UNITED NATIONS — NBC’s futuristic drama series “Revolution” depicts the chaos that can overrun a society in the absence of electric power, but here in the present-day real world, millions are living in that very same situation everyday.
That was the word from United Nations officials who joined “Revolution” cast members and show runner Eric Kripke last week for an event at UN headquarters in New York that was held to call attention to the plight of millions living in precarious, primitive conditions around the world.
They also revealed how the show and the UN have formed a working relationship under which UN experts are advising the show’s writers and producers about aspects of the world they are depicting on the TV show.
Kripke spoke alongside cast members Billy Burke, Giancarlo Esposito and Tracy Spiridakos, plus two UN officials, on a panel moderated by actor Fisher Stevens in one of the UN conference rooms where UN delegates ordinarily sit.
UN officials said an estimated 3 billion people live without electricity and/or without access to modern fuel sources for basic activities such as cooking.
“Three billion people are still using wood and animal dung for cooking and heating,” said panelist Bahareh Seyedi, energy policy specialist within the Environment and Energy Group of the UN Development Program. “For them, [the world depicted in "Revolution"] is a day-to-day reality.”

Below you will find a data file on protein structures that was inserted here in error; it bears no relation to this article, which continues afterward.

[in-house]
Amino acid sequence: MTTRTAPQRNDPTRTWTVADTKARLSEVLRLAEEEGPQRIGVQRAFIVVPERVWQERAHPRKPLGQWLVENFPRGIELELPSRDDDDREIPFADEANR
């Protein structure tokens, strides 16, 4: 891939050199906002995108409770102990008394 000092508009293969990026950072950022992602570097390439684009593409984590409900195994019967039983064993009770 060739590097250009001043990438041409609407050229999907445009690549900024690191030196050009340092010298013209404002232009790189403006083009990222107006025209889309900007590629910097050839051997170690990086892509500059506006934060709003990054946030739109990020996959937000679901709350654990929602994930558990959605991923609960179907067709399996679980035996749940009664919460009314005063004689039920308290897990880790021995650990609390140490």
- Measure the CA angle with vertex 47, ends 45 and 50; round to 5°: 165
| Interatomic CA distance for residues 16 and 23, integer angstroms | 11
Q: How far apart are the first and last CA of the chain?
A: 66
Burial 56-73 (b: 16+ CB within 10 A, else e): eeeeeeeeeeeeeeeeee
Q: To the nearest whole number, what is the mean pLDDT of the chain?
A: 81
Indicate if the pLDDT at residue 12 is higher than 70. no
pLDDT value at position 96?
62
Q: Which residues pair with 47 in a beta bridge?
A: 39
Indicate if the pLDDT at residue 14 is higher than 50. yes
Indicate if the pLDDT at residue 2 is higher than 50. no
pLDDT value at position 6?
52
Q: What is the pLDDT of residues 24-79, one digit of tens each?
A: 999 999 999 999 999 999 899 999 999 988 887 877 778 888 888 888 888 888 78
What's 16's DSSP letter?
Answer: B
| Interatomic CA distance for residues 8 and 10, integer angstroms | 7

For this event, which included a screening of next week’s season premiere episode of “Revolution” (Wednesday, Sept. 25, at 8/9c on NBC), the audience was filled with diplomats, UN employees and a smattering of reporters.
Kripke said it was the UN that initiated the contact during “Revolution’s” first season last year after the show apparently caught the UN’s attention with its ongoing storyline about a society without electricity that devolves into tribal, territorial conflicts between various warlords. It was a situation that looked all-too familiar to the UN officials who have witnessed the same devolution in poor countries around the world.
He said the UN asked if they “could use ‘Revolution’ as a platform to get that message out [about the real-life plight of millions] and, in return, we could have access to the incredible researchers of the UN,” Kripke said.
“Writers are all about research,” he said, “so to be able to sit down and talk to them and really get a real boots-on-the-ground perspective of what life is actually like in a powerless society was something that was just valuable to the writers and one of the great unique experiences of my life.”
Kripke said the UN’s input was especially helpful in the creation of the episodes he and his team are producing for the new season, the show’s second.
The new season of “Revolution” starts on Wednesday, Sept. 25, at 8/7c on NBC.